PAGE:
In this stage when you visit StackOverflow you’ll be answering as many questions as you ask. And thankfully learning new concepts will come easier. The reason why learning is easier at this stage is because you will have developed a mental model of development.
For example, I recently started working with the Scala programming language. I’ve been able to pick up on how to build applications in Scala dramatically faster than when I started learning C or PHP a decade ago. This is because I have a decade of knowledge in the development space that allows me to frame the new concepts. When I read the documentation and see what it says about data types I don’t have to wonder what a data type is. Instead I can skip ahead to learning the syntax.
As you’ll notice in the developer learning curve, the growth pattern in this phase is less than the other two stages. As you’ve heard me say countless times, learning never ends for developers. However learning does change. During this phase a developer focuses on learning topics such as:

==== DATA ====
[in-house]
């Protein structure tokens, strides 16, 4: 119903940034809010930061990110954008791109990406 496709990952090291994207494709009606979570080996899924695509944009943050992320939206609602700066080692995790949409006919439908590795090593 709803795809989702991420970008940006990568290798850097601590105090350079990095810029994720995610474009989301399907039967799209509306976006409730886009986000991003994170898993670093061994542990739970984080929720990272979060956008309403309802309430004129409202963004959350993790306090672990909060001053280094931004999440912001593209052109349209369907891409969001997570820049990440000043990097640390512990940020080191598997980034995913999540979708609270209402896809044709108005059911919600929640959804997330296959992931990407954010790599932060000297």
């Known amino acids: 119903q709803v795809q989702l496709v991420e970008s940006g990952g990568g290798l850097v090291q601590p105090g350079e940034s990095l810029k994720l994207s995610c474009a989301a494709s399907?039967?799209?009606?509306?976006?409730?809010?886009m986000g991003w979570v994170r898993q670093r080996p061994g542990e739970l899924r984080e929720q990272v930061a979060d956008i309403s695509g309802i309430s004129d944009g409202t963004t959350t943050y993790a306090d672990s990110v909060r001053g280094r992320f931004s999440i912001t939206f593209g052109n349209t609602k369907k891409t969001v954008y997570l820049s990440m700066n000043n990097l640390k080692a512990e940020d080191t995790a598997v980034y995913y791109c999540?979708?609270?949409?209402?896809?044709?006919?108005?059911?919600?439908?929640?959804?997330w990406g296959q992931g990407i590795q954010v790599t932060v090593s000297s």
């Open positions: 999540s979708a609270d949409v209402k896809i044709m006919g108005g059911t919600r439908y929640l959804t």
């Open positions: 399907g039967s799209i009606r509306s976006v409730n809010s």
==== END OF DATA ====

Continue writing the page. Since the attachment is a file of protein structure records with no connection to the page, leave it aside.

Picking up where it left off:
- Incremental performance improvements
- Building helper code libraries
- Refining how application code flows
A Unique Journey
Throughout this guide you may have noticed that the developer learning curve was smooth. However that’s not reality. The reason why the curve was smooth was because it averaged out the learning path of a large number of individuals.
When it comes to a single student, the learning curve looks more like this image. There are ups and downs throughout the learning cycle. As a student you may decide to switch programming languages after a few years (like I did when I switched by PHP to Ruby around 5 years ago). Even though you don’t have to start back from scratch, it will still take time to learn a new language or framework. And throughout your development journey you’ll discover plenty of ups and downs. So don’t get discouraged if you aren’t satisfied with your skill level. Because I have a secret to tell you: good developers never feel like they’ve arrived and are done learning.
I hope that this has been a helpful guide to understanding the developer learning curve, and good luck with the coding.